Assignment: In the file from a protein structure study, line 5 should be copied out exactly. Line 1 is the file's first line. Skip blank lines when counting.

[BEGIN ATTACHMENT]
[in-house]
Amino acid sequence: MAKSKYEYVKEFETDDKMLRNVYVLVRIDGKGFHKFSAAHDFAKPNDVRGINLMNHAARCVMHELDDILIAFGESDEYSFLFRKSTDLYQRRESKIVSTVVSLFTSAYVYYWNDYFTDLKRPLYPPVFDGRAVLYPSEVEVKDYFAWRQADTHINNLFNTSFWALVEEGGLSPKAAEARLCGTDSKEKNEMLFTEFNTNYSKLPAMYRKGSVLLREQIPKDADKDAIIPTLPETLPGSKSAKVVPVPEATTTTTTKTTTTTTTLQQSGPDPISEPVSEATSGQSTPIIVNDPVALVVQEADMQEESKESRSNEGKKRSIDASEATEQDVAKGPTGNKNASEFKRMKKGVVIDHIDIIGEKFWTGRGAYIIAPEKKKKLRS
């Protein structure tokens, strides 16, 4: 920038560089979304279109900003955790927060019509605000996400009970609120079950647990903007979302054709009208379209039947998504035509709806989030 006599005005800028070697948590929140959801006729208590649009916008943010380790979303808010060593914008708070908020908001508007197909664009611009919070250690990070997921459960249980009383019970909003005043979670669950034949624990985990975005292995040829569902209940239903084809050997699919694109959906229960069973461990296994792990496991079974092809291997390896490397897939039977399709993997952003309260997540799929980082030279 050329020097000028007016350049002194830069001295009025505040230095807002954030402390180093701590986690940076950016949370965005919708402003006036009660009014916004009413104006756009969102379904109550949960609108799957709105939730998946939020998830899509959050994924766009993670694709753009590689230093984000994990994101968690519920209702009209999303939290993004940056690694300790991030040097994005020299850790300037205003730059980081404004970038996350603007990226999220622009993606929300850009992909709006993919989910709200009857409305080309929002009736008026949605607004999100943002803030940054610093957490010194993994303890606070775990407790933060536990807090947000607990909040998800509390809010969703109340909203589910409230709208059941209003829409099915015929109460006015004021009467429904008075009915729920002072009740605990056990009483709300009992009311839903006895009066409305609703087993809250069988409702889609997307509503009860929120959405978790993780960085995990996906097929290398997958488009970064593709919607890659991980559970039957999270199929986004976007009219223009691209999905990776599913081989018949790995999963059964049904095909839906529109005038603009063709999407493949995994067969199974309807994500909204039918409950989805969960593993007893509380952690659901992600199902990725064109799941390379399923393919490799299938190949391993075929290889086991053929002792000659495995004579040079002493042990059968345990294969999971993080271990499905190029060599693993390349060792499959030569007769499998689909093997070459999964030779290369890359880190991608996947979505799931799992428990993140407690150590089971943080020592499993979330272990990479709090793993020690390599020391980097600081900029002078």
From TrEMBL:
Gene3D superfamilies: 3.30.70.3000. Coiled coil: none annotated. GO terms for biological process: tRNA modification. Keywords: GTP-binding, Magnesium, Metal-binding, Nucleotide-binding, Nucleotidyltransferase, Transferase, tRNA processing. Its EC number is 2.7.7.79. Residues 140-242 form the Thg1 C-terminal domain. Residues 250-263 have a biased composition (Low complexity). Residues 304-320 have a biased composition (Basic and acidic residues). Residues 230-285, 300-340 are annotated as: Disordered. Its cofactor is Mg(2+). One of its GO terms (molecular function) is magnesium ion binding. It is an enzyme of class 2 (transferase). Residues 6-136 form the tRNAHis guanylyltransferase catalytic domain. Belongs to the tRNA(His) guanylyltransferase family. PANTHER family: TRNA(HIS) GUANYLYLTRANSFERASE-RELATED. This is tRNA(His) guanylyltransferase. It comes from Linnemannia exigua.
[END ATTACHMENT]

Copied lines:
Gene3D superfamilies: 3.30.70.3000. Coiled coil: none annotated. GO terms for biological process: tRNA modification. Keywords: GTP-binding, Magnesium, Metal-binding, Nucleotide-binding, Nucleotidyltransferase, Transferase, tRNA processing. Its EC number is 2.7.7.79. Residues 140-242 form the Thg1 C-terminal domain. Residues 250-263 have a biased composition (Low complexity). Residues 304-320 have a biased composition (Basic and acidic residues). Residues 230-285, 300-340 are annotated as: Disordered. Its cofactor is Mg(2+). One of its GO terms (molecular function) is magnesium ion binding. It is an enzyme of class 2 (transferase). Residues 6-136 form the tRNAHis guanylyltransferase catalytic domain. Belongs to the tRNA(His) guanylyltransferase family. PANTHER family: TRNA(HIS) GUANYLYLTRANSFERASE-RELATED. This is tRNA(His) guanylyltransferase. It comes from Linnemannia exigua.